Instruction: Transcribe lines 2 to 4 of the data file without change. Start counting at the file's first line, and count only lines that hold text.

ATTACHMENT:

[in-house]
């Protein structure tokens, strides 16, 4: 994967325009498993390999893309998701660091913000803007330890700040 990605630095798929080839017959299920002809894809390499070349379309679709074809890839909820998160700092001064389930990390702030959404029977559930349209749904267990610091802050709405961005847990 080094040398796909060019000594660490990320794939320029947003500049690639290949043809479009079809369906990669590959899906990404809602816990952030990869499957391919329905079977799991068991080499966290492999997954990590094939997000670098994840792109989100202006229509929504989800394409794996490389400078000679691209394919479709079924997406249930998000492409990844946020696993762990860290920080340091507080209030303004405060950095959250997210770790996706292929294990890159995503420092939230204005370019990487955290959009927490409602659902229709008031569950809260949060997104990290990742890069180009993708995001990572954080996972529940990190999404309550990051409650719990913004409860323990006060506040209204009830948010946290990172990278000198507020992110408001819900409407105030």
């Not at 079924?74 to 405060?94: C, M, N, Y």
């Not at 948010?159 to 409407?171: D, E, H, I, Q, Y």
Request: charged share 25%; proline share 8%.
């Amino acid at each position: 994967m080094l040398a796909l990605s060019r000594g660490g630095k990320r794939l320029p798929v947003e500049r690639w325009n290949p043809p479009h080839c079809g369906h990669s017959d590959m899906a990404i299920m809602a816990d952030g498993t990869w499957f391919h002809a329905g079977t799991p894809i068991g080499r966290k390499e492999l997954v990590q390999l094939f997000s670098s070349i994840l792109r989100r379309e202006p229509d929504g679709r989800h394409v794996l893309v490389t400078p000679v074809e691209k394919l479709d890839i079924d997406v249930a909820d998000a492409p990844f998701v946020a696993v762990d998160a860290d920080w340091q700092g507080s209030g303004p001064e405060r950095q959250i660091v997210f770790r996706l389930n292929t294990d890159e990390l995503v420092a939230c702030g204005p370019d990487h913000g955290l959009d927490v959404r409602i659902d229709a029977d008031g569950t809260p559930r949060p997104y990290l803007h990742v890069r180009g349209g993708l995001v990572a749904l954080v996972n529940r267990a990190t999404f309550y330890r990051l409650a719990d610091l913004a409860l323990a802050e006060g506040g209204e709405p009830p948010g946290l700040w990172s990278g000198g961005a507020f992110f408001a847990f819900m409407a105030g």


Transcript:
């Protein structure tokens, strides 16, 4: 994967325009498993390999893309998701660091913000803007330890700040 990605630095798929080839017959299920002809894809390499070349379309679709074809890839909820998160700092001064389930990390702030959404029977559930349209749904267990610091802050709405961005847990 080094040398796909060019000594660490990320794939320029947003500049690639290949043809479009079809369906990669590959899906990404809602816990952030990869499957391919329905079977799991068991080499966290492999997954990590094939997000670098994840792109989100202006229509929504989800394409794996490389400078000679691209394919479709079924997406249930998000492409990844946020696993762990860290920080340091507080209030303004405060950095959250997210770790996706292929294990890159995503420092939230204005370019990487955290959009927490409602659902229709008031569950809260949060997104990290990742890069180009993708995001990572954080996972529940990190999404309550990051409650719990913004409860323990006060506040209204009830948010946290990172990278000198507020992110408001819900409407105030």
């Not at 079924?74 to 405060?94: C, M, N, Y």
């Not at 948010?159 to 409407?171: D, E, H, I, Q, Y």